Weekly companion animal news: September 14, 2020
Overfed and under-exercised, some dogs gain weight during the pandemic
While new routines during the pandemic have led some owners to increase walks with their dogs, in other cases, the changes have led to overfed and either underexercised or overwalked dogs, and to new joint problems and obesity, The Washington Post reports. “It’s too soon to tell if the COVID crisis has resulted in weight gain for the average pet,” said Andrea Sanchez, a Banfield veterinarian and senior manager of operations support. But of 1,000 pet owners surveyed by the hospital company, “33% said they thought their pet had gained weight—and it was especially dog owners,” Sanchez said. One Los Angeles-area dog walking company owner said that when her clients began calling her recently to take their dogs out again, she detected twinges, soreness and exhaustion among the dogs.
Cats may be contracting COVID-19 at a higher rate than thought before: study
A new study suggests cats may be catching the novel coronavirus at far higher rates than thought before, which could mean they have unique ways of fighting the virus, CTV reports. Antibodies that fight COVID-19 were found in 15 of 102 cats studied in Wuhan, China. Eleven of the cats also had neutralizing antibodies, which bind so tightly to the virus that they prevent infection. “The three cats with the highest levels of antibodies were all owned by patients who had been diagnosed with COVID-19,” according to an announcement about the study. Because the antibodies were found in the cats after the human outbreak in Wuhan, researchers said it strongly suggests the cats got the virus from humans. But none of the cats with antibodies actually tested positive for COVID-19, had symptoms or died from the virus.
Auburn University vet college partners with cancer treatment developer on COVID-19 vaccine
Researchers from the Auburn University College of Veterinary Medicine are partnering with cancer treatment developer Humane Genomics Inc. to develop a potential vaccine for COVID-19, WLTZ reports. “We had previously worked with Humane Genomics in the area of cancer treatment, specifically an attempt to custom synthesize viruses to target tumors,” said Bruce Smith, director of the Auburn University Research Initiative in Cancer. “The same basic concept can also be used to develop a vaccine. All that is necessary is to have the virus’ genome—a genetic map of its DNA—in order to create a vaccine to target it.”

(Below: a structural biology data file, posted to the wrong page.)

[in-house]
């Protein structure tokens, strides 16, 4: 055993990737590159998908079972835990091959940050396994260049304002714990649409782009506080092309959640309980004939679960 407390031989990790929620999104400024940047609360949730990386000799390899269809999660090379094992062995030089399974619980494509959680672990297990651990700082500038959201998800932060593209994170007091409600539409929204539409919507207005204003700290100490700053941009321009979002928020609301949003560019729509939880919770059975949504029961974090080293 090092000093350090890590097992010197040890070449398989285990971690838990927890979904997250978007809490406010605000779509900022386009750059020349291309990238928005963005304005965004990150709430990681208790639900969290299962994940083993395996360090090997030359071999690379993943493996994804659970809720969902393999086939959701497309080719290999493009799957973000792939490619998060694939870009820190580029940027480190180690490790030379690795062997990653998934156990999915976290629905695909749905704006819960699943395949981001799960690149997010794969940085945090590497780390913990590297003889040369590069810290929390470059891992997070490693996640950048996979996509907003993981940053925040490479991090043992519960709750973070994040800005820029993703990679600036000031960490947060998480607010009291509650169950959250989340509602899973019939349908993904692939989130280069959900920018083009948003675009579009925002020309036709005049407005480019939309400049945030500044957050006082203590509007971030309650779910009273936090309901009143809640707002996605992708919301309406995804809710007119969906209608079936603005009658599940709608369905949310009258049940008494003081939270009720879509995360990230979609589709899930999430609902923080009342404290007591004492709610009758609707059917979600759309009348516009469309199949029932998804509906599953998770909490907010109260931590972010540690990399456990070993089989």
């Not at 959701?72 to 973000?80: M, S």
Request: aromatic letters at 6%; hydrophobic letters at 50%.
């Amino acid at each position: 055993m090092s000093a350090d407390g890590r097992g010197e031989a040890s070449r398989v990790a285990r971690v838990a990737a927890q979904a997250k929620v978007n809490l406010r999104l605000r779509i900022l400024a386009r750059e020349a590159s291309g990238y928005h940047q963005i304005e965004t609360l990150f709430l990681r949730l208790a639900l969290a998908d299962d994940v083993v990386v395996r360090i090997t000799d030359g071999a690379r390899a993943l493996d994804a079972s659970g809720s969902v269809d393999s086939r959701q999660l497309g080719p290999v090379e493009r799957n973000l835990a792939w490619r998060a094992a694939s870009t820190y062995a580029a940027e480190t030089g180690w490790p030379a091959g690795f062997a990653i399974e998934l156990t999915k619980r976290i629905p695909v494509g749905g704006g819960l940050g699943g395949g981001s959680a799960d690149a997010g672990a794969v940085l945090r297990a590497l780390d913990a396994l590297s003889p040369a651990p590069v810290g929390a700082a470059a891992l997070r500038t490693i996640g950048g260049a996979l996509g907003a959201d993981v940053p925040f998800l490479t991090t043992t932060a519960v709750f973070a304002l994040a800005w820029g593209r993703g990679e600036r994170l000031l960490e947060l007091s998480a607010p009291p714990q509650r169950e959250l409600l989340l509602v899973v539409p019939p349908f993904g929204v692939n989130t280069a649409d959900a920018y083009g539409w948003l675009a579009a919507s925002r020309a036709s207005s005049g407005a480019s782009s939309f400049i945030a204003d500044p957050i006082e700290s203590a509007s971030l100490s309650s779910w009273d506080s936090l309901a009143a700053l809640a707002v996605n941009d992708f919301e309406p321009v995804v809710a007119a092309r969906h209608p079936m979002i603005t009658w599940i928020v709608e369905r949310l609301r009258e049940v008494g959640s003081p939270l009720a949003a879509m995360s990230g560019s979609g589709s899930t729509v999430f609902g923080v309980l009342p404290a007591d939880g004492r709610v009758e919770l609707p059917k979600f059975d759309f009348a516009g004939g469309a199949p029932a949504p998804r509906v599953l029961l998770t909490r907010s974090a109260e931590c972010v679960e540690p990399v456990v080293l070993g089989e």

MSD Animal Health launches social media campaign for World Rabies Day
In recognition of World Rabies Day on September 28, MSD Animal Health has launched a global campaign, using the hashtag #ForThemForUs, to raise awareness of the goal to eliminate rabies by 2030 through dog vaccination. In partnership with Mission Rabies and Rabies Free Africa, the social media initiative recognizes those involved in protecting dogs and people from the virus. Veterinarians, dog owners and volunteers are invited to share photos and videos of their work in keeping dogs rabies-free, using the #ForThemForUs hashtag.
Animal Health Jobs announces new changes
Animal Health Jobs, a partner of Brakke Consulting, announced new features and updates to its job platform, www.animalhealthjobs.com. New features include a “match-job-to-candidate” feature, an in-app message center and social media advertising options. According to the announcement, Animal Health Jobs is the only job board devoted exclusively to the animal health, nutrition and pet care industries.
New SoundByte: Adequan Canine
Adequan Canine (polysulfated glycosaminoglycan) is the only FDA-approved disease-modifying osteoarthritis drug for the treatment of OA-diagnosed synovial joints in dogs. Efficacy studies have shown it inhibits the loss of key joint components. And it’s the only prescription reaching the synovial joint within two hours to proactively help treat the disease and reduce joint inflammation, according to the SoundByte from Veterinary Advantage.
Study shows promise of CBDA to help dogs
In a study funded by CBD product developer ElleVet, researchers found that CBDA (the acidic precursor to CBD) is better absorbed and retained by dogs compared to CBD, particularly when combined with a lecithin base as the delivery oil. CBDA is shown to be anti-inflammatory, and the superior absorption and retention offer promise for veterinary use, according to the announcement. “The significance of the high absorption and retention means longer lasting response with ElleVet products and pet owners are getting a highly effective product for their dogs,” the announcement said.
As threat of valley fever grows beyond Southwest, push is on for vaccine
Scientists are working on a vaccine to treat valley fever. The rare debilitating fungal disease affects both humans and dogs in the deserts of the Southwest, but a recent study predicted it may spread north as the climate warms. According to John Galgiani, head of the University of Arizona’s Valley Fever Center for Excellence, the vaccine should be available for dogs as soon as next year. Veterinary vaccine developer Anivive is making it. “It’s very promising,” Galgiani said. The same vaccine is in the early stage of development for humans, but it’s still years away, Kaiser Health News reports.